Bishop Stresses Need to Find Common Ground in Diversity

Nov 19, 2002 03:00 AM EST

MUTARE, Zimbabwe - Speaking to an audience representing a variety of cultures, a United Methodist bishop emphasized the need for using diversity to unite people.

Indiana Area Bishop Woodie White, one of the church's best-known voices for civil rights, spoke on diversity in a sermon at Africa University's 10th anniversary worship service Nov. 17. People from around the globe filled the school's Kwang Lim Chapel for the service, which capped a weekend of celebration. United Methodist churches in America, Africa and elsewhere were expected to mark the school's first 10 years with special services that day.

White centered his remarks on the apostle Paul's words to the Corinthians, urging that they find common ground and join together to make something new.

The ancient city of Corinth was like any metropolitan city today, with different cultures, languages, races and ethnic groups, White said. As people from all over converged on the city, its newly established church was challenged to be true to itself and not be shaped by its cultural context, he said.

Divisions developed because the people adopted the "my is best" attitude, he said. They engaged in debate about which part of the city or population was most important. "They discovered that the diversity that God provided - and was intended to be a gift - became the cause of chaos."

Everyone has a place in the world, the bishop said. "When you recognize your giftedness, you will understand your importance," which comes from finding common ground. In order to find commonalities, people must back away from their "particularities," he said. "The purpose of diversity was not to isolate the human family ... but to bring together the human family, with each contributing to the body."

"God made the human family as God wanted to make the human family," he said. "God knew that no one part of it was sufficient in and of itself. God requires every part of God's creation to make a whole better."

He told the students and the congregation that their task is to find common ground with one another, regardless of race, class, status, economics and the numerous other "judgments" that keep people apart or separate.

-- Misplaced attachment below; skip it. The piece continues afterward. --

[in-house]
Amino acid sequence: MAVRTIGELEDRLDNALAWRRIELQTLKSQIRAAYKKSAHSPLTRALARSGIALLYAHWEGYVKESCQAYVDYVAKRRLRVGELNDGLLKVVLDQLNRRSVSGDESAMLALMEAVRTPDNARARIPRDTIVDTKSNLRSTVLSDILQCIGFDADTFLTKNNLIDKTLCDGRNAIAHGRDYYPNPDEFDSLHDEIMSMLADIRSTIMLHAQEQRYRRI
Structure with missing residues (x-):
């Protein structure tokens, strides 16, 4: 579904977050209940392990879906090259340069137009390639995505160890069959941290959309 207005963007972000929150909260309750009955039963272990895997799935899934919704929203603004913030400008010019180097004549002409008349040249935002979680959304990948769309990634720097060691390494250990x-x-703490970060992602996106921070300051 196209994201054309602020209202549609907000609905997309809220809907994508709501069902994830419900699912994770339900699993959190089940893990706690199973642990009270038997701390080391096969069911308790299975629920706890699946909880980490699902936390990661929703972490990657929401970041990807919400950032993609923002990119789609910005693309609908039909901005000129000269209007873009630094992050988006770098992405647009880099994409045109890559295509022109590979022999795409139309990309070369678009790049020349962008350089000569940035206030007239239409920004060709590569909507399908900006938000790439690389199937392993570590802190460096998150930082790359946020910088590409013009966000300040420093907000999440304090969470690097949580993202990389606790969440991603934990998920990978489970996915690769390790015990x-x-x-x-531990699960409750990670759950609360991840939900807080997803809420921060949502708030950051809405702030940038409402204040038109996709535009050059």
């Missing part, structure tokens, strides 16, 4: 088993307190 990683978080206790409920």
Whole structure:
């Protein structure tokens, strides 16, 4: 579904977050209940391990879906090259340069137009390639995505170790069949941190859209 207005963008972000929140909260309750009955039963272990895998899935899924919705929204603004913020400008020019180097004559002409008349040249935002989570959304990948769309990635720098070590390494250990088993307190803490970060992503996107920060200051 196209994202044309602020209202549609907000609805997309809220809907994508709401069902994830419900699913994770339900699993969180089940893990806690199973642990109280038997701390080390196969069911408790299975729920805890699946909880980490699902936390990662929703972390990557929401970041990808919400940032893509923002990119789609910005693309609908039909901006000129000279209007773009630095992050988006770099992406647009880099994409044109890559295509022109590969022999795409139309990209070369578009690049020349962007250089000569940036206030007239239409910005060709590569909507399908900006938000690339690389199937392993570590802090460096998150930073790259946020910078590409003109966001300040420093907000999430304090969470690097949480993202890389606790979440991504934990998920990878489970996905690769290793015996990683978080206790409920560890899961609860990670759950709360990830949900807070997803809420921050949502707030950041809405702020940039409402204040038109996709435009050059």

"If there is not common ground, there can be no Africa University," he said. "It is when each person understands that they contribute to the whole that the university functions."

Africa University's diversity is evident in the more than 1,000 students enrolled from 27 different African countries. The school is also diverse in its staff, representing 24 countries.

For Christians, common ground is found through being in relationship with God, the bishop said. The two words that open the Lord's Prayer, "our father," make all Christians related, even though the people gathered at Kwang Lim Chapel were of different colors, cultures, countries, income levels, education and styles of dress, he said. "When we claim God as father or parent, you have a whole lot of kinfolk you had not counted on. Our common ground is our father."

White urged the congregation to not let any part of the family pull them out of their relationship with God, the father and parent. Although families are sometimes separated by ideologies and emphases, "we must find a way to live together," he said.

During the worship service, the participants also celebrated the announcement that Rukudzo Murapa's contract as vice chancellor had been renewed. The university needs continuous leadership, said Bishop Emilio J.M. de Carvalho, the school's chancellor, and the renewal recognized Murapa's efforts to develop an international presence for Africa University.

By Linda Green